The real cost of manicure items has increased by an average of 25 percent, according to data from the International Association of Personal and Household Healthcare Products.
The data from IAPHPs shows that the average manicure price rose to $4.95 per piece from $2.93 in 2016.
That’s an increase of an average $0.28.
While the price of an office-related manicure item rose by 5.9 percent in the same period, that’s not nearly enough to pay for a trip to the dentist.
In the past year, the average annual price for office-type manicures went up by 8.5 percent.
The trend could continue if prices for specialty manicures are going up too fast, as they have been over the past few years.
The average annual growth rate for specialty products has increased from 1.4 percent in 2015 to 2.1 percent in 2018.
While that’s an impressive increase, there are many other types of products out there that also need the boost in prices.
While many people use these products to improve their skin care, the real cost can be much higher.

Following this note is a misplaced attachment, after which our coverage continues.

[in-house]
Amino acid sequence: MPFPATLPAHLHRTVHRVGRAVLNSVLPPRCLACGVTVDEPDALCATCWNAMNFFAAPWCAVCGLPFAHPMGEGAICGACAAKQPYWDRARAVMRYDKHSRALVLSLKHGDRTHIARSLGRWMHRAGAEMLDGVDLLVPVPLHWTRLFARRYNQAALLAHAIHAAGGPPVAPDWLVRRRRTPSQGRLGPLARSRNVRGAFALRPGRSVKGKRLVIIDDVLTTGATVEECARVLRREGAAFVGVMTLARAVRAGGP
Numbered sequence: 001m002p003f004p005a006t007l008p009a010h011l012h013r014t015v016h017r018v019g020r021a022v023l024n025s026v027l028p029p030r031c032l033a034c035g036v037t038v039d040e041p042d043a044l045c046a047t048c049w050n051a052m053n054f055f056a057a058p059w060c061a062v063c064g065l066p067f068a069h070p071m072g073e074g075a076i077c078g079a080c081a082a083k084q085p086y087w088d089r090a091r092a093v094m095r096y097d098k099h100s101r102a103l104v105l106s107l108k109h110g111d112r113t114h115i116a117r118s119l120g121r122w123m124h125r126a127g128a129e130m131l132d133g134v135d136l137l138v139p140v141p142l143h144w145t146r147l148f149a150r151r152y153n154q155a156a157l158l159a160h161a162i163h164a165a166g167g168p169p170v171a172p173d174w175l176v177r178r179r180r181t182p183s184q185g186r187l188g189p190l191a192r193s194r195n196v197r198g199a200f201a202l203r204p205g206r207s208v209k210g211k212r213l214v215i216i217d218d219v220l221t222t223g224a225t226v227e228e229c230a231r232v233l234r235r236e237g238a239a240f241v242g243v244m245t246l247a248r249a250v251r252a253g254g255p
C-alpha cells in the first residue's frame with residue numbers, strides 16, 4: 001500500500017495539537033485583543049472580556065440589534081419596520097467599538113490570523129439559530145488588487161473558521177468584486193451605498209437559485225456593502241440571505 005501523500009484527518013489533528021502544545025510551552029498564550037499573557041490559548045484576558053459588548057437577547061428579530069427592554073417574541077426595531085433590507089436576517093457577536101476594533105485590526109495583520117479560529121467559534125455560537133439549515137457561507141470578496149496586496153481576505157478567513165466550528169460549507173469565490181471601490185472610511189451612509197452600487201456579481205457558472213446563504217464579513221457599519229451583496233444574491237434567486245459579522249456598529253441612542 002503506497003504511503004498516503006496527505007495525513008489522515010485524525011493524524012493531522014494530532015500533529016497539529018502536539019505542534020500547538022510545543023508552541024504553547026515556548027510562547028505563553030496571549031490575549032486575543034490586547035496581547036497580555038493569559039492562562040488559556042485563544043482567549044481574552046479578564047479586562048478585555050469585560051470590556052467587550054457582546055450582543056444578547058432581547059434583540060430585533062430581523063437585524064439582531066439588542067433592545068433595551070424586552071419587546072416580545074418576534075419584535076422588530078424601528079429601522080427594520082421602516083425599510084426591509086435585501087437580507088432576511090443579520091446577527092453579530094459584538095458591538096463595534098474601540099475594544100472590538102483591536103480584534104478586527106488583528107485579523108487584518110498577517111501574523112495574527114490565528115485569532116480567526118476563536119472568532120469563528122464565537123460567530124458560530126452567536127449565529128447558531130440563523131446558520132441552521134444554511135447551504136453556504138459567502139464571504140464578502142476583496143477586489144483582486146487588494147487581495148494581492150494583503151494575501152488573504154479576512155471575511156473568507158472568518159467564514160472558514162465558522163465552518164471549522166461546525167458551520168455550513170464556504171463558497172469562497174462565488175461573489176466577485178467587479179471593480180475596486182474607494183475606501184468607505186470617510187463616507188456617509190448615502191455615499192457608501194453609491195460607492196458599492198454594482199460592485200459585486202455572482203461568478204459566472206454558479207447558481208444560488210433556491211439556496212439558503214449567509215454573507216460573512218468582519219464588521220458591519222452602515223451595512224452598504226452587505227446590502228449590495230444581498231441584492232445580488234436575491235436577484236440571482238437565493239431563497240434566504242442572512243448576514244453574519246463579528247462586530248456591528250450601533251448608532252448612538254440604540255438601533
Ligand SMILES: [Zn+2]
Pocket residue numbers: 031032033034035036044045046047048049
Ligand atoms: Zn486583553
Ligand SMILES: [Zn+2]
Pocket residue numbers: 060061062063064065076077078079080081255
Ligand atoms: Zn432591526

The IAPHP said that people often go to an IAPP store for a manicure to help their skin look younger, healthier and more radiant.
The company said that about a third of consumers in the U.S. go to a IAPPS store for at least one manicure each year.
That number could be much more, depending on where the IAPPs stores are located.
“We’ve noticed that a lot of people use a lot more than they used to, and it’s also driven by consumers wanting to improve skin care,” said Chris Jager, director of the research department at IAPPH.
“This has resulted in a very large increase in the cost of these products.”
The IACP is a non-profit organization that works to advance the interests of its members by promoting health, environmental and economic sustainability.
In 2016, the organization released its most recent Annual Report, a report detailing its financial health and financial performance.
The report revealed that the organization had $13.9 billion in assets and $8.4 billion in liabilities.
The organization also has about $2 billion in cash on hand.